An emotionally dramatic but ultimately lightweight romance.


In this historical sequel to Love’s Dance (2017), set at the end of the 19th century, a ruthless convict escapes prison and seeks revenge against the woman who put him there. 

After Bridger Crandall’s illegal financial scheme was exposed by wealthy heiress Maggie Lenihan, he unsuccessfully attempted to murder her, which landed him in the Colorado State Penitentiary for 25 years. Seven years into that sentence, in 1887, Bridger escapes and starts a new life under the name “Richard Rutledge,” working for Sloan Talbott, a successful prospector in Leadville, Colorado. That town is dangerously close to the ranch outside Greeley where Maggie now makes a home with her husband, Garret Blackstone. Bridger is hungry for vengeance, and he serendipitously finds an opportunity to get it: Joseph Bainbridge, an affluent businessman, has hired Sloan’s sister, Libby, as a teacher in Greeley, and she’s moved in with Maggie and Garret. Bridger uses his considerable charm to coax information out of Libby; she’s soon infatuated with him and unsuspecting of his motives, which allows him to freely pursue his plans. Meanwhile, the warm friendliness of the wealthy, handsome, and single Bainbridge piques Libby’s interest. Then Maggie, who’s expecting her second child, finds out that Bridger is on the loose, and she can only anxiously wait to see what he intends to do—and Creek poignantly depicts her fright. The novel as a whole, like its predecessor, brims with intrigue, suspense, and romance, and the author effectively presents all of these elements in a propulsive plot that never loses steam. Creek seems to be aiming to explore the malevolence of which man is capable, but the earnest, companionable prose isn’t especially well-suited to this ambitious task. Although there’s a surfeit of drama here, it lacks a sense of grittiness, overall. One can enjoy this story without reading its predecessor, but it will likely be a less fulfilling experience than reading both books in sequence. 

An emotionally dramatic but ultimately lightweight romance.

Pub Date: N/A


Page Count: -

Publisher: Manuscript

Review Posted Online: Feb. 16, 2020

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Finding positivity in negative pregnancy-test results, this depiction of a marriage in crisis is nearly perfect.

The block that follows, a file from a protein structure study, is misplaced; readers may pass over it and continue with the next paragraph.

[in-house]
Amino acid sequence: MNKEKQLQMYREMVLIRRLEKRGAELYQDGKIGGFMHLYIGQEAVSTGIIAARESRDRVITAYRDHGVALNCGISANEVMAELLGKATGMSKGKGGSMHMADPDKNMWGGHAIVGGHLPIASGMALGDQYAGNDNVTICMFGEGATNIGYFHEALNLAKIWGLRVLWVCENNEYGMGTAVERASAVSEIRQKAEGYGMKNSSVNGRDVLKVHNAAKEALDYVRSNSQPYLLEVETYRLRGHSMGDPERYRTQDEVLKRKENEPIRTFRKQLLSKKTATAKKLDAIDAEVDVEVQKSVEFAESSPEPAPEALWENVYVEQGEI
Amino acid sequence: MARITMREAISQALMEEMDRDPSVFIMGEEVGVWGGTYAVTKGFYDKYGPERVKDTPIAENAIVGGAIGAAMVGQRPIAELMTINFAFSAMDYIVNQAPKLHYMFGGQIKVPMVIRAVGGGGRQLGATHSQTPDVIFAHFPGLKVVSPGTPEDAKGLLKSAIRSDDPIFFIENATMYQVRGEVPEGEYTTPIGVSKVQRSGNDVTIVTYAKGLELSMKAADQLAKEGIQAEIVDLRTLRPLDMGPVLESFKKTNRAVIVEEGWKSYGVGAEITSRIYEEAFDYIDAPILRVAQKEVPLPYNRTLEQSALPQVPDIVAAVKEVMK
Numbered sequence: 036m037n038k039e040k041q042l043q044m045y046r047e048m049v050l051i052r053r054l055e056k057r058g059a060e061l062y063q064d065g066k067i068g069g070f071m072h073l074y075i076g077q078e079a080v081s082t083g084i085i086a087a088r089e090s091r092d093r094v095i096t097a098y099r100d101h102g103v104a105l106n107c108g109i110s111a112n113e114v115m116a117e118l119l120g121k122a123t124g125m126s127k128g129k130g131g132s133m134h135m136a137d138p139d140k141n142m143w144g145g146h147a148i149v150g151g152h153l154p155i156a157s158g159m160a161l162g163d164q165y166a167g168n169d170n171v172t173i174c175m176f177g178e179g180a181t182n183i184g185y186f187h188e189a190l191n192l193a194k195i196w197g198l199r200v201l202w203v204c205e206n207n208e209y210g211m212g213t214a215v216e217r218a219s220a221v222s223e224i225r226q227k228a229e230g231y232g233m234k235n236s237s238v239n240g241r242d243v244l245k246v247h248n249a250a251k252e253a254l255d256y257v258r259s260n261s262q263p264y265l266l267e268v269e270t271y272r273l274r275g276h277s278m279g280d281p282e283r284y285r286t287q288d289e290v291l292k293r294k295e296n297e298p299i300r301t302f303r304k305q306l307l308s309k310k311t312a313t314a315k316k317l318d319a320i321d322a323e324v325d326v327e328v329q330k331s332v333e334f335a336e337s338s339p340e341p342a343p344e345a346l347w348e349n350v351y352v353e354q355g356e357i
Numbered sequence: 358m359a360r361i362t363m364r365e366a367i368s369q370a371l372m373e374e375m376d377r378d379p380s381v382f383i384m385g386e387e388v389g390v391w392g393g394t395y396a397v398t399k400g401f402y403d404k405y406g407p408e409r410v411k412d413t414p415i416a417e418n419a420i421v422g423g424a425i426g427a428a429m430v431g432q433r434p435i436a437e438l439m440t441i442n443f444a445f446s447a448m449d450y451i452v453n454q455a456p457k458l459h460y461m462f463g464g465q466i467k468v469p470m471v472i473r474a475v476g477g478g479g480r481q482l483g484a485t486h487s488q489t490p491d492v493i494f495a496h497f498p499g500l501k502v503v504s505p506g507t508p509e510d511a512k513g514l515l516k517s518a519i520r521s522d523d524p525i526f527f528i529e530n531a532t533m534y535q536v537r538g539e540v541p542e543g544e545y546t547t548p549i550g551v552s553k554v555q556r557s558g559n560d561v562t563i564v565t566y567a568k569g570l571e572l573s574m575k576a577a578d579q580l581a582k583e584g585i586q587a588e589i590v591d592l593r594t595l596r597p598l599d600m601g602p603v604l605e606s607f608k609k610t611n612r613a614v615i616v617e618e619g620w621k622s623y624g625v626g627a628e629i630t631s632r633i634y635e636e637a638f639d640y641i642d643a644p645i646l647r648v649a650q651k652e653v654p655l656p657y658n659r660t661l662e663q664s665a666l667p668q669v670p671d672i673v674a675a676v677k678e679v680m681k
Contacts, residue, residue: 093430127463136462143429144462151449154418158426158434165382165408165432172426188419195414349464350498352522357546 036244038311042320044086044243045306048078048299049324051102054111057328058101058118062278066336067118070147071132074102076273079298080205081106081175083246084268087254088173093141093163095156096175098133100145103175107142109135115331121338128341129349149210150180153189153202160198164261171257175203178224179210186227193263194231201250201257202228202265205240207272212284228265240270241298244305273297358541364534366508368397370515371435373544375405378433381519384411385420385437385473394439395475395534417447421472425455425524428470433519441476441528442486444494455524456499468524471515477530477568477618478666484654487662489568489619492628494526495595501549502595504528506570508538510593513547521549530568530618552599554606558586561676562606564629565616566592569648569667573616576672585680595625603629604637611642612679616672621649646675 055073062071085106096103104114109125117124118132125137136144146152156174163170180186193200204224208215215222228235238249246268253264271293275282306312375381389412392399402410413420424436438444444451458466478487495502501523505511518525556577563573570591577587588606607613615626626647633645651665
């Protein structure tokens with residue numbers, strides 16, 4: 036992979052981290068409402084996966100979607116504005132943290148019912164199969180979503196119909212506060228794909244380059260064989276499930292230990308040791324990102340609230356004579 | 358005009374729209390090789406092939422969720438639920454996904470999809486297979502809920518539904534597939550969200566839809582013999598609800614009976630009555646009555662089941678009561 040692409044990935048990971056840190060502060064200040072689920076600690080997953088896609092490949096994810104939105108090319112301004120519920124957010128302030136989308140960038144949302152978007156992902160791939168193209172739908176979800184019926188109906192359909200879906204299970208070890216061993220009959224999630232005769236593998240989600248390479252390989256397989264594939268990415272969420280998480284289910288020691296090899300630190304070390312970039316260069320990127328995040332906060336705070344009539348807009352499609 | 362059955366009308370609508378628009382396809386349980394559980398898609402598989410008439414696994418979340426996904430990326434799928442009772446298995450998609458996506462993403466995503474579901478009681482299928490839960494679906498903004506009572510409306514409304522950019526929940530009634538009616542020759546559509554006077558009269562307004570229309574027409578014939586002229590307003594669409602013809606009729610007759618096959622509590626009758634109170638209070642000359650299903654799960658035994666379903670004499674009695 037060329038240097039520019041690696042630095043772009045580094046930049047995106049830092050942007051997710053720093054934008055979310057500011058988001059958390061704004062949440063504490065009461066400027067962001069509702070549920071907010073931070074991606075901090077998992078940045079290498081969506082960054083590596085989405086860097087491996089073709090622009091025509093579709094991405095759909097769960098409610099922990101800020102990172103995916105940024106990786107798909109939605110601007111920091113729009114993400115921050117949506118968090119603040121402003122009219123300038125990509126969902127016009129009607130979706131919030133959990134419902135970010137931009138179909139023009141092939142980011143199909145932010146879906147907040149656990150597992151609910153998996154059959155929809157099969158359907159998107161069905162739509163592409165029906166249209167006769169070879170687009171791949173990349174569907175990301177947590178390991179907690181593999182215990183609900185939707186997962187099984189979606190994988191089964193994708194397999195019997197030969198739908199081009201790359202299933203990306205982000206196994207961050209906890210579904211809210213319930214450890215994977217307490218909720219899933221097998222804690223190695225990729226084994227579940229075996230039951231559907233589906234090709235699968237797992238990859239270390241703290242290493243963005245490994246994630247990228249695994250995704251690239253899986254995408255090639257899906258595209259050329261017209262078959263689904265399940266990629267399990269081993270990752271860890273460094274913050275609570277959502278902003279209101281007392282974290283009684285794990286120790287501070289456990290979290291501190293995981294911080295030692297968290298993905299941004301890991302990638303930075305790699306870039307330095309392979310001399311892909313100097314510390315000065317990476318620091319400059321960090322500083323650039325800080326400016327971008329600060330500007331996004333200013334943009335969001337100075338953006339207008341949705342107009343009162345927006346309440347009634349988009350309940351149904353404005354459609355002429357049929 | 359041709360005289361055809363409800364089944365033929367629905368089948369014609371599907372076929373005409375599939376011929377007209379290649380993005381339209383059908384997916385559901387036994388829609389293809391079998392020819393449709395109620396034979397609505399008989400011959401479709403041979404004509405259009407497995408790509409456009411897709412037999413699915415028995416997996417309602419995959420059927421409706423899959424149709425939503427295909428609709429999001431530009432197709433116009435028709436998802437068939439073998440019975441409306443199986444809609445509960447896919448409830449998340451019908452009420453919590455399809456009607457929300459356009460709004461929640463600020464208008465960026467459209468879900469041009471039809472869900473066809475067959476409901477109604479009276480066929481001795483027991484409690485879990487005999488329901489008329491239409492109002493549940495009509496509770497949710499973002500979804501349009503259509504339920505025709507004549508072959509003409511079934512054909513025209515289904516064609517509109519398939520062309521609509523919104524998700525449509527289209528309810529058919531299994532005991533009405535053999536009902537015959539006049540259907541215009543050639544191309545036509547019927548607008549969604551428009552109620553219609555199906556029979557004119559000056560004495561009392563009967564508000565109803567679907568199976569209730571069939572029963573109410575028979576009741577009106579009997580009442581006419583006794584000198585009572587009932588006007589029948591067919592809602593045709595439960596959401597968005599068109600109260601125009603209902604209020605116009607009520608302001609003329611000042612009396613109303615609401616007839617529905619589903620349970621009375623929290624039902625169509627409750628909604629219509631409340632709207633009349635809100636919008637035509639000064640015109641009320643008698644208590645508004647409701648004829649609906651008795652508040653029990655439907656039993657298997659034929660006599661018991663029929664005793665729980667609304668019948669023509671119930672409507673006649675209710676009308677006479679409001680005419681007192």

Named for an imperfectly worded fortune cookie, Hoover's (It Ends with Us, 2016, etc.) latest compares a woman’s relationship with her husband before and after she finds out she’s infertile.

Quinn meets her future husband, Graham, in front of her soon-to-be-ex-fiance’s apartment, where Graham is about to confront him for having an affair with his girlfriend. A few years later, they are happily married but struggling to conceive. The “then and now” format—with alternating chapters moving back and forth in time—allows a hopeful romance to blossom within a dark but relatable dilemma. Back then, Quinn’s bad breakup leads her to the love of her life. In the now, she’s exhausted a laundry list of fertility options, from IVF treatments to adoption, and the silver lining is harder to find. Quinn’s bad relationship with her wealthy mother also prevents her from asking for more money to throw at the problem. But just when Quinn’s narrative starts to sound like she’s writing a long Facebook rant about her struggles, she reveals the larger issue: Ever since she and Graham have been trying to have a baby, intimacy has become a chore, and she doesn’t know how to tell him. Instead, she hopes the contents of a mystery box she’s kept since their wedding day will help her decide their fate. With a few well-timed silences, Hoover turns the fairly common problem of infertility into the more universal problem of poor communication. Graham and Quinn may or may not become parents, but if they don’t talk about their feelings, they won’t remain a couple, either.